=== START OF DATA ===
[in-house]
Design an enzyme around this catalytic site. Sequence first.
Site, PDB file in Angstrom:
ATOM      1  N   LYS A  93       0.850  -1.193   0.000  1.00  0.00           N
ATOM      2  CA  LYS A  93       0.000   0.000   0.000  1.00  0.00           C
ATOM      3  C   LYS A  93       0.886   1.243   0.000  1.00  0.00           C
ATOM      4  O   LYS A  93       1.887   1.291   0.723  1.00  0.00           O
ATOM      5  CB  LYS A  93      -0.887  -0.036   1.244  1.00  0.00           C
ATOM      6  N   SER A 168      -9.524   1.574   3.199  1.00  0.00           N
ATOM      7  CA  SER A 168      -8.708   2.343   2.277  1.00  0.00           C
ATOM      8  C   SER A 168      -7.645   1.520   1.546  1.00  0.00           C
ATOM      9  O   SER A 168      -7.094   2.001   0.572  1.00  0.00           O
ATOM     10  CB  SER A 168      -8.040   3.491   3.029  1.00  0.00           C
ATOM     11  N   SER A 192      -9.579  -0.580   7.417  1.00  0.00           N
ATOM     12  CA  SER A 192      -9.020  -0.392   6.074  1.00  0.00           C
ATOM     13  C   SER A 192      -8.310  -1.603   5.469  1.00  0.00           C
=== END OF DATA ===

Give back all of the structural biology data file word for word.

[in-house]
Design an enzyme around this catalytic site. Sequence first.
Site, PDB file in Angstrom:
ATOM      1  N   LYS A  93       0.850  -1.193   0.000  1.00  0.00           N
ATOM      2  CA  LYS A  93       0.000   0.000   0.000  1.00  0.00           C
ATOM      3  C   LYS A  93       0.886   1.243   0.000  1.00  0.00           C
ATOM      4  O   LYS A  93       1.887   1.291   0.723  1.00  0.00           O
ATOM      5  CB  LYS A  93      -0.887  -0.036   1.244  1.00  0.00           C
ATOM      6  N   SER A 168      -9.524   1.574   3.199  1.00  0.00           N
ATOM      7  CA  SER A 168      -8.708   2.343   2.277  1.00  0.00           C
ATOM      8  C   SER A 168      -7.645   1.520   1.546  1.00  0.00           C
ATOM      9  O   SER A 168      -7.094   2.001   0.572  1.00  0.00           O
ATOM     10  CB  SER A 168      -8.040   3.491   3.029  1.00  0.00           C
ATOM     11  N   SER A 192      -9.579  -0.580   7.417  1.00  0.00           N
ATOM     12  CA  SER A 192      -9.020  -0.392   6.074  1.00  0.00           C
ATOM     13  C   SER A 192      -8.310  -1.603   5.469  1.00  0.00           C